Gender Recognition Act puts vulnerable in harm’s way The Times 17.03.20
The original article is here.
The Scottish government’s gender recognition consultation closes today and the Catholic Church has responded. But today I am writing to the first minister to urge her not to proceed with this legislation. My church believes that the Gender Recognition Reform (Scotland) Bill risks creating medical, social and legal complications that will be damaging to those involved, particularly children and women.
Gender dysphoria is a real but quite rare condition that can cause distress and anxiety if persistent, and must be distinguished from the normal developmental gender anxieties of adolescence. We are concerned that by demedicalising legal transition and moving to a self-declaratory model, this distinction may be lost through lack of discerning professional support for those affected. This would risk failing vulnerable people.
The church is deeply concerned for the health and wellbeing of young people and troubled by the potential negative impact of permanent legal declarations that could lead to irreversible surgeries or, at the very least, non-surgical interventions whose long-term effects are unclear. At present people under 18 cannot buy cigarettes, buy alcohol in licensed premises or get a tattoo. Yet the legislation assumes that they have the maturity to make permanent legal declarations on their gender that could have irreversible consequences.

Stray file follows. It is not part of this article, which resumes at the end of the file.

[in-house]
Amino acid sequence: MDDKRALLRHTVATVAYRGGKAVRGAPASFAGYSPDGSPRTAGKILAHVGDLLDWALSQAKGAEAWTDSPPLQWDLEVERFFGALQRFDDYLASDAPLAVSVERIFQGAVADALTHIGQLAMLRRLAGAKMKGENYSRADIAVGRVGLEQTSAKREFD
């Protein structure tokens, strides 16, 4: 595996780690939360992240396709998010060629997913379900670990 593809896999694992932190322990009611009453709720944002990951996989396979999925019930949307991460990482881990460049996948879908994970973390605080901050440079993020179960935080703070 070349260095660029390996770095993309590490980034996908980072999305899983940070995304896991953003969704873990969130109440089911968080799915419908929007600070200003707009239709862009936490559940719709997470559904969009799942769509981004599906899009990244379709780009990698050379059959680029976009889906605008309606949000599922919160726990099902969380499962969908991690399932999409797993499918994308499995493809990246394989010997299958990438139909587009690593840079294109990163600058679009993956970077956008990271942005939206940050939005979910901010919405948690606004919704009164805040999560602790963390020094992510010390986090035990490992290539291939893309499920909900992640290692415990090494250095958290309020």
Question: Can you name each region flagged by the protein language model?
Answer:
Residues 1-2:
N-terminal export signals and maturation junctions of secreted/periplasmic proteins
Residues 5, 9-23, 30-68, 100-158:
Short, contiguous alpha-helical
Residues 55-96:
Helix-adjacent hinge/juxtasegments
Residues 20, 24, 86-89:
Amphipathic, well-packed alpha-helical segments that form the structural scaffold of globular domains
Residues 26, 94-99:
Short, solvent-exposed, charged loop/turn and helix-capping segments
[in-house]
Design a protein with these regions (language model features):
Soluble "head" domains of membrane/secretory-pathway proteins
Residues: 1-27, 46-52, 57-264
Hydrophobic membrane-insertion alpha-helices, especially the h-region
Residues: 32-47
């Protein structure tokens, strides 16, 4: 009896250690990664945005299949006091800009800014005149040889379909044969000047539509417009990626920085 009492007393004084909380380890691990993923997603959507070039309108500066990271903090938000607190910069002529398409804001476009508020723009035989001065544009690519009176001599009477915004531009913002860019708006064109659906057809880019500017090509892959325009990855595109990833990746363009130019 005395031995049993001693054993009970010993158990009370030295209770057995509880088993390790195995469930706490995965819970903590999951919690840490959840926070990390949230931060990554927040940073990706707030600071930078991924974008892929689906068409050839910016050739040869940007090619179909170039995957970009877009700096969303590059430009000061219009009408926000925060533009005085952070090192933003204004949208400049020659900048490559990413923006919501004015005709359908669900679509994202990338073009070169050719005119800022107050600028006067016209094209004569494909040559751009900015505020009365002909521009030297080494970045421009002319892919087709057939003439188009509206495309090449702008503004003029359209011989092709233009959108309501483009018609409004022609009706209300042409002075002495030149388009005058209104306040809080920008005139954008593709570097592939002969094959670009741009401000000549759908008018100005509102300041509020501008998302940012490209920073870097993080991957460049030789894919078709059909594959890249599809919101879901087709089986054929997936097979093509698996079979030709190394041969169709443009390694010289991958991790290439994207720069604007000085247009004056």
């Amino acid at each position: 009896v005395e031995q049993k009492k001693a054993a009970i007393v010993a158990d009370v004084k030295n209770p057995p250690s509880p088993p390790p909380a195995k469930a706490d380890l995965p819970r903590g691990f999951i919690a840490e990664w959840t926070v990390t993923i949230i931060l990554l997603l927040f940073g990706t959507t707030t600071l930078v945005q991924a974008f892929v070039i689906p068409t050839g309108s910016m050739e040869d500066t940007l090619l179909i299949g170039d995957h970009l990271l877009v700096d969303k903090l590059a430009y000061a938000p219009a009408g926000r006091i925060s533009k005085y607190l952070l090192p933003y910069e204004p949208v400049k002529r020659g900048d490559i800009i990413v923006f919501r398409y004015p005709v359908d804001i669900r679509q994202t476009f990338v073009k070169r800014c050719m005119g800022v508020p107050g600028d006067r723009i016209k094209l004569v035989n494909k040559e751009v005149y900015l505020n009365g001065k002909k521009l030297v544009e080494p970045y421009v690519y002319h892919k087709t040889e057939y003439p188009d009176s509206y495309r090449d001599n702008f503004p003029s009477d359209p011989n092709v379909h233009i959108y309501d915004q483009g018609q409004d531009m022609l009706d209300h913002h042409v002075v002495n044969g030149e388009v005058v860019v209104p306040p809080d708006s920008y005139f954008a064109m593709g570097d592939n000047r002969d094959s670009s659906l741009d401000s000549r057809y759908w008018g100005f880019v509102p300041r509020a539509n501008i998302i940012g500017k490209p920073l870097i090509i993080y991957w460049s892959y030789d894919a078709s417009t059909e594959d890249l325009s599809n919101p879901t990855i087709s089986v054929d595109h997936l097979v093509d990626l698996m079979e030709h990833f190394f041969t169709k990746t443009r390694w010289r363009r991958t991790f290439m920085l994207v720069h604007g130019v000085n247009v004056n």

Evidence indicates that most young people do not persist in gender dysphoria and reconcile with their biological sex after adolescence. A paper in the British Journal of General Practice said that most people presenting with gender dysphoria before puberty would “desist” and concluded with a call for “well-funded, independent, long-term research” to “ensure doctors meet their ethical duties to ‘first do no harm’ and fulfil good medical practice”. The church echoes this call for more detailed research.
Many people are worried that the reforms will create an increased risk to the safety of women. The Scottish Prison Service’s transgender policy at present allows jail accommodation to “reflect the gender in which the person in custody is currently living”. Since this guidance was brought in the proportion of men identifying as women has risen to 350 times that of the general population.
For many women in custody being asked to share their places of refuge with people they not unreasonably consider male is deeply problematic and potentially traumatic. I hope the first minister will give serious consideration to these concerns, and not endorse these proposals.